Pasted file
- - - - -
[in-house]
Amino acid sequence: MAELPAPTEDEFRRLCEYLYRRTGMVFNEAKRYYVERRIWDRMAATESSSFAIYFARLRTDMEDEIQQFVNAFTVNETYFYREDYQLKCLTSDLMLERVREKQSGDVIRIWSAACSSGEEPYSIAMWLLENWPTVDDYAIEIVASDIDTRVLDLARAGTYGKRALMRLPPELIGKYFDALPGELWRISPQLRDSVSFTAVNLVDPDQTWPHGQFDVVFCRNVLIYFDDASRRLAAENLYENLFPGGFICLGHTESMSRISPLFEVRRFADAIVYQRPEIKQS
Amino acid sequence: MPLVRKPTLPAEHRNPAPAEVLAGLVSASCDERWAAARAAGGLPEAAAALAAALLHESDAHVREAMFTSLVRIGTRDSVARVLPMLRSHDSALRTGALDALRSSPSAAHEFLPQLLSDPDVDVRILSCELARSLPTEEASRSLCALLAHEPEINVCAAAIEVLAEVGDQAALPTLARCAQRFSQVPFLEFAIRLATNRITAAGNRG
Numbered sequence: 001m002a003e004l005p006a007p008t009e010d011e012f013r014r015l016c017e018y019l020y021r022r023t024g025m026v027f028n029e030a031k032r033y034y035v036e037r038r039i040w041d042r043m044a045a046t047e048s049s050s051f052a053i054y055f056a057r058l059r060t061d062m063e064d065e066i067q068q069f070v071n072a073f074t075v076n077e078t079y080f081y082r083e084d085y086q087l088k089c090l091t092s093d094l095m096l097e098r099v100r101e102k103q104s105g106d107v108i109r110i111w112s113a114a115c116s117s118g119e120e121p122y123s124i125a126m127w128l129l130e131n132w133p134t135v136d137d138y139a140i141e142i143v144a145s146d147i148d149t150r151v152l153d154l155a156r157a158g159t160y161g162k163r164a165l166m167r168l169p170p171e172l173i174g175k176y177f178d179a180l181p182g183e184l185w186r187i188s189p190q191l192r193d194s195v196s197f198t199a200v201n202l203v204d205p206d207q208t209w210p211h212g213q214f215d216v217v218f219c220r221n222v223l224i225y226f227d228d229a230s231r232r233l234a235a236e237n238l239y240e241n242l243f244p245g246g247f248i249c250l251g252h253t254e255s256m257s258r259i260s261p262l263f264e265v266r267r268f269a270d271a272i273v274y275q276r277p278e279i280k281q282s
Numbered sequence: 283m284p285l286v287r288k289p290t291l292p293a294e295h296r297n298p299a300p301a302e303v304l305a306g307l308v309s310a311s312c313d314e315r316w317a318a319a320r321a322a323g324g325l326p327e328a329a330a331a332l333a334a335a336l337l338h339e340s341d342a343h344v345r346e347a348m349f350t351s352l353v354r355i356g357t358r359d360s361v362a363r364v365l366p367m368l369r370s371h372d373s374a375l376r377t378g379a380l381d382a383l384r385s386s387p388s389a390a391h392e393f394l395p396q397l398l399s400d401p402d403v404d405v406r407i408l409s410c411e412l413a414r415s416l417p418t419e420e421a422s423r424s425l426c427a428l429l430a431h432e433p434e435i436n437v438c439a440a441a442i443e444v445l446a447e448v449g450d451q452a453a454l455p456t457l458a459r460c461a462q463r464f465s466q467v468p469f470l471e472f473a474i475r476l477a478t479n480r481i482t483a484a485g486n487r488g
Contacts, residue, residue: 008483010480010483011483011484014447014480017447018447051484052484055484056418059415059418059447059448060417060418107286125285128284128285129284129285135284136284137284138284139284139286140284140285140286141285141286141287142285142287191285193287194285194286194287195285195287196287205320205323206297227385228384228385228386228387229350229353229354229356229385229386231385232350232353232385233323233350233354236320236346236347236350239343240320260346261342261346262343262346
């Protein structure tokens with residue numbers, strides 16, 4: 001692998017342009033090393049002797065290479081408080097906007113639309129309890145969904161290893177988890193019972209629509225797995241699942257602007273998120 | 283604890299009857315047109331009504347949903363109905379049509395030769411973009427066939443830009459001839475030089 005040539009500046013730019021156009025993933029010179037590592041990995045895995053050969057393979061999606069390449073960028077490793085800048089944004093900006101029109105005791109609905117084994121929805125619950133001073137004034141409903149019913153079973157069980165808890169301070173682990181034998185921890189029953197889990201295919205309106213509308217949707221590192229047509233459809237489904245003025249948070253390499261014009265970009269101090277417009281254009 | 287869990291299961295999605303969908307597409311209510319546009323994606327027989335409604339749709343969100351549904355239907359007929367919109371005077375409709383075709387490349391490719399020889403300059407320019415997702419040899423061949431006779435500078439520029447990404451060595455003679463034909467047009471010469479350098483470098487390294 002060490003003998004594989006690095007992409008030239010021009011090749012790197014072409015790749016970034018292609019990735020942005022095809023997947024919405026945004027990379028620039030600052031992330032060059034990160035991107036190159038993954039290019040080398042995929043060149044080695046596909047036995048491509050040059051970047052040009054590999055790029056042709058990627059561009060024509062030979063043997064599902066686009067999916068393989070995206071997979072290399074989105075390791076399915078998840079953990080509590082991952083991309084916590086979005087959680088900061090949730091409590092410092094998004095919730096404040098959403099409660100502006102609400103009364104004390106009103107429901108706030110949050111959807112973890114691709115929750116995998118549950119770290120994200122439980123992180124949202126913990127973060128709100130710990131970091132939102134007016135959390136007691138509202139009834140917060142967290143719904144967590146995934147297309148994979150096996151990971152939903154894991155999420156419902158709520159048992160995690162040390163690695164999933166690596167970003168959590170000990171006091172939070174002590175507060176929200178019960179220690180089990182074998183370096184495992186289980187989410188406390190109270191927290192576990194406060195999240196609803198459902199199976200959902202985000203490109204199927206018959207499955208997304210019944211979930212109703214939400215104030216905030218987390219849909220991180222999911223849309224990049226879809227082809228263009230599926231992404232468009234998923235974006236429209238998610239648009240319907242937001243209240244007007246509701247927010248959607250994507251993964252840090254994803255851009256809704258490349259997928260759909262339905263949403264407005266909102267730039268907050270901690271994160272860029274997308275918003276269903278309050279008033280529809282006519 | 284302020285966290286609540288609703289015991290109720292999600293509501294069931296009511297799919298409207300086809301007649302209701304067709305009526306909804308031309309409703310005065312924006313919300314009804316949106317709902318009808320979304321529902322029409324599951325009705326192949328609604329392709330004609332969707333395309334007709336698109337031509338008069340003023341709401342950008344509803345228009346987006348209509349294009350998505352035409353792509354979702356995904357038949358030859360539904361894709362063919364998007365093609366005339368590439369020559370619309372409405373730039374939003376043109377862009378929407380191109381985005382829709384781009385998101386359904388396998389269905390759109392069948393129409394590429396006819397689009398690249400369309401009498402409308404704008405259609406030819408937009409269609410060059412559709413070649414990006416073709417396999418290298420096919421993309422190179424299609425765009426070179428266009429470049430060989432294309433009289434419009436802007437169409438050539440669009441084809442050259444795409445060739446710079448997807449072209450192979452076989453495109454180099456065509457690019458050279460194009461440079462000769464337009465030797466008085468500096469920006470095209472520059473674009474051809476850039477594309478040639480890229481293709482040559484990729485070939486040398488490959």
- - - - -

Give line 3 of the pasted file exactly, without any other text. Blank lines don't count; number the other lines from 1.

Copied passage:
Amino acid sequence: MPLVRKPTLPAEHRNPAPAEVLAGLVSASCDERWAAARAAGGLPEAAAALAAALLHESDAHVREAMFTSLVRIGTRDSVARVLPMLRSHDSALRTGALDALRSSPSAAHEFLPQLLSDPDVDVRILSCELARSLPTEEASRSLCALLAHEPEINVCAAAIEVLAEVGDQAALPTLARCAQRFSQVPFLEFAIRLATNRITAAGNRG